At fastcreate.com, Director Richard Linklater, recently feted for his film, Boyhood, shares his approach to coming up with the structure of his films:
"There are a lot of stories in the world, and I spend all my time thinking about how to tell them. That, to me, is the cinematic element. That's the hard part: the right narrative form on every movie is the thing I have to break. New forms have always been a part of my thinking. 'Could you ever tell a story this way?'"
"The idea for Boyhood was one of those 'aha' moments that at its core was problem-solving. The film's structure emerged out of trying to solve the problem of how to express that story over a long period of time. It's very straightforward, but in a way that hasn't been done before, because it's just completely impractical."
STRUCTURE VS. PLOT
Linklater is not saying that a film can be made without a structure, but that we don't have to stick to the most common plot shapes:
'When I write a screenplay, I've diagrammed the architecture of the story. There's really got to be a structure; art demands it. I care more about structure, less about plots. Anything plot-driven feels a little more man-made, more manufactured. I'm always going toward something that's a little more true to life."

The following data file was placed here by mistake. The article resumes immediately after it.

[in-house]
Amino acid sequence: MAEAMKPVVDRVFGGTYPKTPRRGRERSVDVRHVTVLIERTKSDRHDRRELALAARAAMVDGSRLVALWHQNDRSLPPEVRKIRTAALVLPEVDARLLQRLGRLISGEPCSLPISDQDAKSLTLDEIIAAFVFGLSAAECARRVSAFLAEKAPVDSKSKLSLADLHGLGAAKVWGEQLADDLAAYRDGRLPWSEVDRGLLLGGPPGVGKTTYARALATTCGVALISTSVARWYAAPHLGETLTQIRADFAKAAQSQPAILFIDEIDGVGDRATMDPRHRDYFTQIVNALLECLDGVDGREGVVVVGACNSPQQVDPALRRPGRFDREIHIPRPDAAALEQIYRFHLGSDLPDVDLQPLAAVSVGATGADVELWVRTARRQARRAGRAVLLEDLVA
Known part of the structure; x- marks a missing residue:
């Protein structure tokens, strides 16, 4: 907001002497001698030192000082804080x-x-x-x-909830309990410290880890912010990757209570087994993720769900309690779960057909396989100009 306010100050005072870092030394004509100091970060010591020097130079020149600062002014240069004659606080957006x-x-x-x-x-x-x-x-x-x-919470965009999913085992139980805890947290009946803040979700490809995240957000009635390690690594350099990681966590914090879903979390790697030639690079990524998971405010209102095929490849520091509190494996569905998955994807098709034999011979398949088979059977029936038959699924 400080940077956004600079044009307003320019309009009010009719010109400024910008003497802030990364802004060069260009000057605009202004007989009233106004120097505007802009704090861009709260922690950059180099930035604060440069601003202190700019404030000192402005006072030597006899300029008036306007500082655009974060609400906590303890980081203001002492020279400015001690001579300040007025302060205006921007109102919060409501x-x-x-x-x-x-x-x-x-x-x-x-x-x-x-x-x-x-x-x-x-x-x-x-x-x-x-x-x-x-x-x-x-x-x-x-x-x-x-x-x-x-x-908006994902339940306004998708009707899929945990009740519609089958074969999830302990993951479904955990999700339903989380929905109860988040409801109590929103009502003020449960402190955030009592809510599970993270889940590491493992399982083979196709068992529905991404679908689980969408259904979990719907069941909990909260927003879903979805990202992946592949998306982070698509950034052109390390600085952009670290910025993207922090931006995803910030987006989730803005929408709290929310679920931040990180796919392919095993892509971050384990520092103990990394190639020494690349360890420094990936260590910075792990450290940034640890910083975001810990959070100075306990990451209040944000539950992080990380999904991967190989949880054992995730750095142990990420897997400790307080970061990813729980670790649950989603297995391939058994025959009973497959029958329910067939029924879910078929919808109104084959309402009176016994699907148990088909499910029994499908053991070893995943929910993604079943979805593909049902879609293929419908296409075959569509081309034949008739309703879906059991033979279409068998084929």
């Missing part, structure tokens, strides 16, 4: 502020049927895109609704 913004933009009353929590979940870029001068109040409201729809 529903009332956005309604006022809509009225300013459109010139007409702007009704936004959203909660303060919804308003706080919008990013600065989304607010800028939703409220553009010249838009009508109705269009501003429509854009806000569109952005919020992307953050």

HOW TO LET THE STORY BE THE MASTER
Linklater's approach mirrors what I often say in the screenwriting classes I teach: Let the story be the master, not the servant. For instance, don't start by trying to squeeze the story into the steps of the hero's journey. Instead, explore the story long enough to discover what it's really about and then figure out a structure that serves it.
Asking a few questions can help you do that:
1. Who is the most interesting person in this story?
2. What happened before the part of the story I intend to tell, and what happens after it?
3. Who and what changes as a result of the incidents in the story?
4. What do I want an audience to feel while watching this story?
Often we are eager to start writing right away. Doing so can be another way of finding the answers to these questions, but it's tempting to regard what you've written as THE way to tell the story, rather than an exploration. That's why I recommend exploring these aspects of the story before you start to write. As a result, you may find yourself ending up with a different protagonist, or telling a different part of the story than you had in mind, or even switching it to a different genre. And you're likely to end up with a script that doesn't seem a carbon copy of existing scripts.
WARNING: RESISTANCE AHEAD
Linklater has a lot of freedom in the stories he chooses to tell and how he tells them. As a writer without his track record, you may well meet resistance if you pitch a story that has a structure not immediately recognizable as the three act structure or the hero's journey.
However, it's also the stories that are told in a fresh way that stand out, and I believe that in the long run you will be well served by emulating Linklater.